MacMillan and Rotheram have shot back at critics, saying they conducted their search at the behest of Flynn’s half-sister Rory, who lives in North Carolina, and with the full knowledge of the authorities in the district where they dug. They also say they wouldn’t have conducted the search themselves had the U.S. military agreed to previous requests to excavate the site. “We didn’t do anything that was haphazard,” says MacMillan. “I’ve been studying all of [the military’s] internal manuals for bone recovery. What we did was a combination of modern forensics mixed with the variables [presented by] the Cambodian jungle. We were doing the best we could with what we had.”
But former war correspondents who knew Flynn have lambasted MacMillan and Rotheram, describing them as reckless bone hunters in search of fame and financial gain — the latter criticism gaining steam after the pair said they would discuss the finding in detail only with the highest bidder. Most vociferous has been Tim Page, the storied photographer who is said to be the inspiration behind Dennis Hopper’s gonzo character in Apocalypse Now. Over the past couple of decades, Page, too, has conducted several searches for his old friend Flynn, whom he says was “like a brother.” In 1990, Page returned to Cambodia to complete a documentary called Danger on the Edge of Town, in which he tracked what he believed to be Flynn and Stone’s movements as POWs.
Page says MacMillan and Rotheram may have “contaminated” the grave sites of other executed journalists whose remains lie in the same area. “The way they went about it is astonishing,” he says. “Here you’re looking at a crime scene. How were these people killed? How many people died here? You put a machine like that across an archaeological site, and it’s a no-brainer you’re going to destroy the area. Usually this is done by digging and sifting.” (The follow-up military excavation did not find any secondary graves.)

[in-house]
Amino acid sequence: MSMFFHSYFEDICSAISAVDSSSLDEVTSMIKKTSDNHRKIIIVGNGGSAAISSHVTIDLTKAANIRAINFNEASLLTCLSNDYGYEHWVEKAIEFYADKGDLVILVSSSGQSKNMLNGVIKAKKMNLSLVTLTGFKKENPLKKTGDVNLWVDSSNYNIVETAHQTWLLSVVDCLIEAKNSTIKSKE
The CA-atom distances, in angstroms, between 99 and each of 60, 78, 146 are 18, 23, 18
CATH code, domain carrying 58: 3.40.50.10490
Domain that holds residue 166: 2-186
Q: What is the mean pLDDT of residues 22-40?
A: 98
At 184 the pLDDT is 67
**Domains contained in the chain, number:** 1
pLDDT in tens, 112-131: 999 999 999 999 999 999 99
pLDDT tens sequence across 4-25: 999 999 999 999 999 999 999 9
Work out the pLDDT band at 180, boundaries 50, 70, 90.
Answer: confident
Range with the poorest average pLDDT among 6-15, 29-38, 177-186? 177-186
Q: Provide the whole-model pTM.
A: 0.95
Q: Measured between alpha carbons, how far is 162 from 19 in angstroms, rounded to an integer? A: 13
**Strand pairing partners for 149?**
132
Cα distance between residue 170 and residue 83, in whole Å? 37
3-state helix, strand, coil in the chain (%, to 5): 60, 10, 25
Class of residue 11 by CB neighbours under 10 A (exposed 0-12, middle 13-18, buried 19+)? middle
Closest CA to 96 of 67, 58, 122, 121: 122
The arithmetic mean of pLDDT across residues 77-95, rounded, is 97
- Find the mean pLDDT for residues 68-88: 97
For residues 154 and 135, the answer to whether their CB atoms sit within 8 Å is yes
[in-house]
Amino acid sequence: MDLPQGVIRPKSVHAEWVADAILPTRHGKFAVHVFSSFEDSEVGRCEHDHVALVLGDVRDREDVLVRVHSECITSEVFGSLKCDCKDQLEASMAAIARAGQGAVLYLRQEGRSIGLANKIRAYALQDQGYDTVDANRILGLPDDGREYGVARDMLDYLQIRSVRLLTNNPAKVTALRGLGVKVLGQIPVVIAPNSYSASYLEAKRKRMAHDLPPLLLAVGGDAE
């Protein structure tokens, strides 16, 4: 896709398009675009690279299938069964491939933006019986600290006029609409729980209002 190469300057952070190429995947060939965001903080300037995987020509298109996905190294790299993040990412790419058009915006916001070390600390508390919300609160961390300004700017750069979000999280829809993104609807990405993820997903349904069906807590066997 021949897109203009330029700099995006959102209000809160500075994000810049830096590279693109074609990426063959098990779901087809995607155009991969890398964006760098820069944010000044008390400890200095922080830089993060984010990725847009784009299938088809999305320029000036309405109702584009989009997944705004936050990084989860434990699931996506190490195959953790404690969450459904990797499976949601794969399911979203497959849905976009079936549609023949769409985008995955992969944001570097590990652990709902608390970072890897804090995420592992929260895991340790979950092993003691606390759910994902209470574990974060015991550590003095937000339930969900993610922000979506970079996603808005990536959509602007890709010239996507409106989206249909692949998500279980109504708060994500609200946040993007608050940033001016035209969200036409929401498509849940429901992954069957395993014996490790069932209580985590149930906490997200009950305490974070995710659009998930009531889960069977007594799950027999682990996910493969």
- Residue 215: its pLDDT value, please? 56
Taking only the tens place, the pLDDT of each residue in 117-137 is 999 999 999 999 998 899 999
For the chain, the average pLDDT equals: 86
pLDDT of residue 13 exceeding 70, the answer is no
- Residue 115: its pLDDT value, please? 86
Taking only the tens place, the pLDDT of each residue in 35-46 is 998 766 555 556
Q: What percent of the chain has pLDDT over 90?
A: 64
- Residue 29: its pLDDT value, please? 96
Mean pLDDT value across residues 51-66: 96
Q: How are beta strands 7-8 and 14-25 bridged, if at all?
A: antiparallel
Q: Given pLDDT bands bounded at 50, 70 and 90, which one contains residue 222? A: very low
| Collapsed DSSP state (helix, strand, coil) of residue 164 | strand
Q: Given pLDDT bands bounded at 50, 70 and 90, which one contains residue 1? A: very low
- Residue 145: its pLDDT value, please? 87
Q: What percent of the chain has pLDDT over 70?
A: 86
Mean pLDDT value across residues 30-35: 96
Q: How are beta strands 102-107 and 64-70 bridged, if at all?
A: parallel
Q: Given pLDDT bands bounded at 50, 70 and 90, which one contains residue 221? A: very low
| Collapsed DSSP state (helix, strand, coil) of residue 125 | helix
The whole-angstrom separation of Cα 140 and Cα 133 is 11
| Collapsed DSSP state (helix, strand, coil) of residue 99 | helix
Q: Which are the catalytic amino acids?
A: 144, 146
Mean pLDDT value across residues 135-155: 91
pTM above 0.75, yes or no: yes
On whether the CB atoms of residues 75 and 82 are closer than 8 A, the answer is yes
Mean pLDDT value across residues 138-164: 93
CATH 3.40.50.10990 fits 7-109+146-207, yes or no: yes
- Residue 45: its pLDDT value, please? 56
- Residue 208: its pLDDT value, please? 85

Flynn’s half-sister Rory has come to MacMillan and Rotheram’s defense, saying she sanctioned their search and that their motives were altruistic. She says she has been approached over the years by a number of would-be detectives, keen to offer their search-and-recovery services for a fee or simply wanting to insinuate themselves into Flynn’s remarkable life story. “[MacMillan] came to me with some very good information and documents, and I jumped on board,” Rory says. “It’s been 40 years, and I was not going to let this opportunity go by. If protocol was broken a bit, too bad.”
Yet after an initial round of optimistic stories from an exuberant international press, local media have assumed a skeptical tone. Indeed, the two men’s credentials and point of departure for carrying out the search — as cult fans of the rugged and striking Flynn men — haven’t inspired confidence. Rotheram has been a bar owner in Vietnam and Cambodia, and MacMillan calls himself an artist, private investigator and bodyguard. MacMillan says the excavation was filmed and will be turned into a documentary that will show they “did it the right way.” Their motivation, MacMillan says, was to “recover the soul” of Flynn — or whomever it was they unearthed.